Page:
Kiwikiu

Maui Parrotbill; Pseudonestor xanthophrys

Kiwikiu

Maui Parrotbill; Pseudonestor xanthophrys

Kiwikiu or Maui Parrotbill use their large parrot-like beaks to split branches and to extract insect larvae, their primary prey. Adult Kiwikiu are 5 to 6 inches long, olive-green above and yellow below, and have short tails and distinctive yellow eye-stripes. Females tend to be less colorful and have smaller bills than males. Immatures are greyish-olive above and pale yellow below with whitish eye-stripes.

Watch them in action

See a video of an adult male Kiwikiu foraging in the wild. Here a banded male uses his over-sized bill to dig in bark of an ‘ōhi‘a tree in the search for insect larvae.

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Changing the Name

The original Hawaiian name was lost in history but a new name, Kiwikiu, was created by the Hawaiian Lexicon Committee in 2010. Watch the naming ceremony here.

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Listen to Kiwikiu

Hear the chips, whistles and song of Kiwikiu in the wild. It’s a rare and exciting thing to encounter a wild Kiwikiu and it most often happens after hearing their calls.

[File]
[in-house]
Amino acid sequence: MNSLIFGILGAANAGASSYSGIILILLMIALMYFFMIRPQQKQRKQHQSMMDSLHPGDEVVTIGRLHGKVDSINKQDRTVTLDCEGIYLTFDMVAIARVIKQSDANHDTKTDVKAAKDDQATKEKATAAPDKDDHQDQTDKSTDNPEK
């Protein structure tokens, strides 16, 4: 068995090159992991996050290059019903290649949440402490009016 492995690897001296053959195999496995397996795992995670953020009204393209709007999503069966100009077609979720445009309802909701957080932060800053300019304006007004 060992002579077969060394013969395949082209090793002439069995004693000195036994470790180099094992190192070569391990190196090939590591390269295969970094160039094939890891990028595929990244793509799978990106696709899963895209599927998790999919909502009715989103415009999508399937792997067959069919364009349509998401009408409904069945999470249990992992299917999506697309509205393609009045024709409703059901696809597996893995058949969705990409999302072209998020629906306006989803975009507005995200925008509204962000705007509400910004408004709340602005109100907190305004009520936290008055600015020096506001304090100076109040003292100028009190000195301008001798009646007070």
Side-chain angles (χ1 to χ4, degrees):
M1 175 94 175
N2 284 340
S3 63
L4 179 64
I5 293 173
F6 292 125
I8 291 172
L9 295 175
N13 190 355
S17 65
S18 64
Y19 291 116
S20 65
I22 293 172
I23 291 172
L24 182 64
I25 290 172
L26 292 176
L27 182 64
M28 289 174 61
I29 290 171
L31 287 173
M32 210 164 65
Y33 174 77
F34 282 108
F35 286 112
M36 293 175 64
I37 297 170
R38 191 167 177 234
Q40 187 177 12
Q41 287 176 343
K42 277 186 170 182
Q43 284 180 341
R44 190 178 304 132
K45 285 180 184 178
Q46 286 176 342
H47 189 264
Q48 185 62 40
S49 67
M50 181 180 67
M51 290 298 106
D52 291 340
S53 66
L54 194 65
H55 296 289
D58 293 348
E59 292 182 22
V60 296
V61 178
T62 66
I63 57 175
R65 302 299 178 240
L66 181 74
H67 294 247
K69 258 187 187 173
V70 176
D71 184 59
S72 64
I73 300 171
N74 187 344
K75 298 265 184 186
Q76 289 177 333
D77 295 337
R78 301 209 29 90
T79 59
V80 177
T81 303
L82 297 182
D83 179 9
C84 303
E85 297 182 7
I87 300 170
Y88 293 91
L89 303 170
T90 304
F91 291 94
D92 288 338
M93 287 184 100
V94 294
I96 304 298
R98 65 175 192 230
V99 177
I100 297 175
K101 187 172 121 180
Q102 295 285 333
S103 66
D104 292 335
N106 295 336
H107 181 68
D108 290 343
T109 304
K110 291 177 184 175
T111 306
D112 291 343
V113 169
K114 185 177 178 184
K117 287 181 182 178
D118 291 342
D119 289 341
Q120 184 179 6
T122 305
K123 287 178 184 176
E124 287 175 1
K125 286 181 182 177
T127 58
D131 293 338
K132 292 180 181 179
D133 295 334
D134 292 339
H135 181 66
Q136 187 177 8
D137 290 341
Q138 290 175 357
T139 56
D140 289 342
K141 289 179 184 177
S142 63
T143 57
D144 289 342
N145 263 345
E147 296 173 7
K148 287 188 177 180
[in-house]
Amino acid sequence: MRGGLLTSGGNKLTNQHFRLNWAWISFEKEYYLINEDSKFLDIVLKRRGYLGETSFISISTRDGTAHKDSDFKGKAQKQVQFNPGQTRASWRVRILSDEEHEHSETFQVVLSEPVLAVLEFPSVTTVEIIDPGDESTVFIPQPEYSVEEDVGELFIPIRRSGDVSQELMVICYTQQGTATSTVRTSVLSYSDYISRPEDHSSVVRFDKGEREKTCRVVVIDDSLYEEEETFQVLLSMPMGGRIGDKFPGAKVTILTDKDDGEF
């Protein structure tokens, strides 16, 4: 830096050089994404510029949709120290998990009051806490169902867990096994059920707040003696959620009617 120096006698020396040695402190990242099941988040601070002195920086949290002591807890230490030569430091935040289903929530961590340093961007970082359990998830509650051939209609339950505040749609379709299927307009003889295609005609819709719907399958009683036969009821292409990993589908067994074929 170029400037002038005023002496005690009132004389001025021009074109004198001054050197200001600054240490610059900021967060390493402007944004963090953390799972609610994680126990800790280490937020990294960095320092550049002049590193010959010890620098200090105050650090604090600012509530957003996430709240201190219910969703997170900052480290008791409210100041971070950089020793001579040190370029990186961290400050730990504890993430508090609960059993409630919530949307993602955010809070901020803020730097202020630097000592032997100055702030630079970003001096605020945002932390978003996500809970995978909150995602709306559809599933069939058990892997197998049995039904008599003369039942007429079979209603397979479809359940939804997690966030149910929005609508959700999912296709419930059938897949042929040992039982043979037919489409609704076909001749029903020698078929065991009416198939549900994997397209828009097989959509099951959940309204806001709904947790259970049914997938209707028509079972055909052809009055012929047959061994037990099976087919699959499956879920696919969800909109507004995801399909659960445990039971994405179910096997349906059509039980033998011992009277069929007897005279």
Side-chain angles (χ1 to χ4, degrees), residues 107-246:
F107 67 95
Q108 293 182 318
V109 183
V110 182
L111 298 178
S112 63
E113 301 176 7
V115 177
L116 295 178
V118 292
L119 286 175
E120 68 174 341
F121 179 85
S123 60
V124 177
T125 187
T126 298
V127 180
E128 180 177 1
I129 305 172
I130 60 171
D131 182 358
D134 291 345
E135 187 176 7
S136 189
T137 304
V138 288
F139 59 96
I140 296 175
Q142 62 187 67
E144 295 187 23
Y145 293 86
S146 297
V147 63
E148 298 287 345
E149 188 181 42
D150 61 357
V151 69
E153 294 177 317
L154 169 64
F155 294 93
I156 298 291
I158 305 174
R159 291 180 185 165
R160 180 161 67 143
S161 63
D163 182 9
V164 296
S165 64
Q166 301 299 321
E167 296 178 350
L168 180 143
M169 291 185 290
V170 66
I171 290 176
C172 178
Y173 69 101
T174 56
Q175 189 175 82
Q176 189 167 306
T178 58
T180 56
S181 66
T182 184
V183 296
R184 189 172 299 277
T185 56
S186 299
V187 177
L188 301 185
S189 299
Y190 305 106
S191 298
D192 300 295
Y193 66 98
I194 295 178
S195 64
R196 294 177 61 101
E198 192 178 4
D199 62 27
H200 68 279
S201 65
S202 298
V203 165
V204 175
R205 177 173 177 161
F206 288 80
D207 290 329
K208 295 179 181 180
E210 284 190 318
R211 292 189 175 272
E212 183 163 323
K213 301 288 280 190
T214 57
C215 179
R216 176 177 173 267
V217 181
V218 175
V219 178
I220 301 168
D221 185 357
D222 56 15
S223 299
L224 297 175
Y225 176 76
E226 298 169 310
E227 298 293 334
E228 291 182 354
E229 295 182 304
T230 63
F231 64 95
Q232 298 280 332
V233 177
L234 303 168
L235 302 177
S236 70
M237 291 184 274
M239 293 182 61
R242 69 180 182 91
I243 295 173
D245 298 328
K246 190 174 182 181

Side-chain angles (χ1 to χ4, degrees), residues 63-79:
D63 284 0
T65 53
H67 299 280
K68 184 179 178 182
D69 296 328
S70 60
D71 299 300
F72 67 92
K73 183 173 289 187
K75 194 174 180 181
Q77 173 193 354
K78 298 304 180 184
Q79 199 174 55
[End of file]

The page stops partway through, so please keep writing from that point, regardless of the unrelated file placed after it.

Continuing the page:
More Information

Habitat and Behavior

Kiwikiu live as long as 16 years forming socially monogamous pairs that typically produce only a single offspring every year or two. Immature birds remain with their parents for 5-17 months. Pairs occupy home ranges as large as 14.5 hectares (35.8 acres). Kiwikiu is presently restricted to high elevation wet ʻōhiʻa forests on northeastern Maui. They are typically found foraging on branches of native plants like ʻōhiʻa, ‘ākala, koa, ‘ōlapa, pilo, and kanawao. They will also split open berries for insect larvae.

Past and Present

Formerly found all over Maui and Moloka’i. Now, only fewer than 300 Kiwikiu are estimated to exist. Their current range is extremely restricted – less than 3,000 hectares (7,413 acres)- largely protected within the Hanawi Natural Area Reserve, Haleakalā National Park, and The Nature Conservancy’s Waikamoi Preserve.

Conservation Efforts

Representing a monotypic genus, Kiwikiu are listed as critically endangered by the U.S. Fish and Wildlife Service. Factors attributed to the species’ decline include habitat destruction by humans and feral pigs, predation from introduced predators such as wild cats and mongooses, and avian diseases spread by introduced mosquitoes. Current conservation efforts include monitoring the distribution and abundance population, response to climate change and avian malaria, and establishing a second population on leeward Haleakalā where they were once found.

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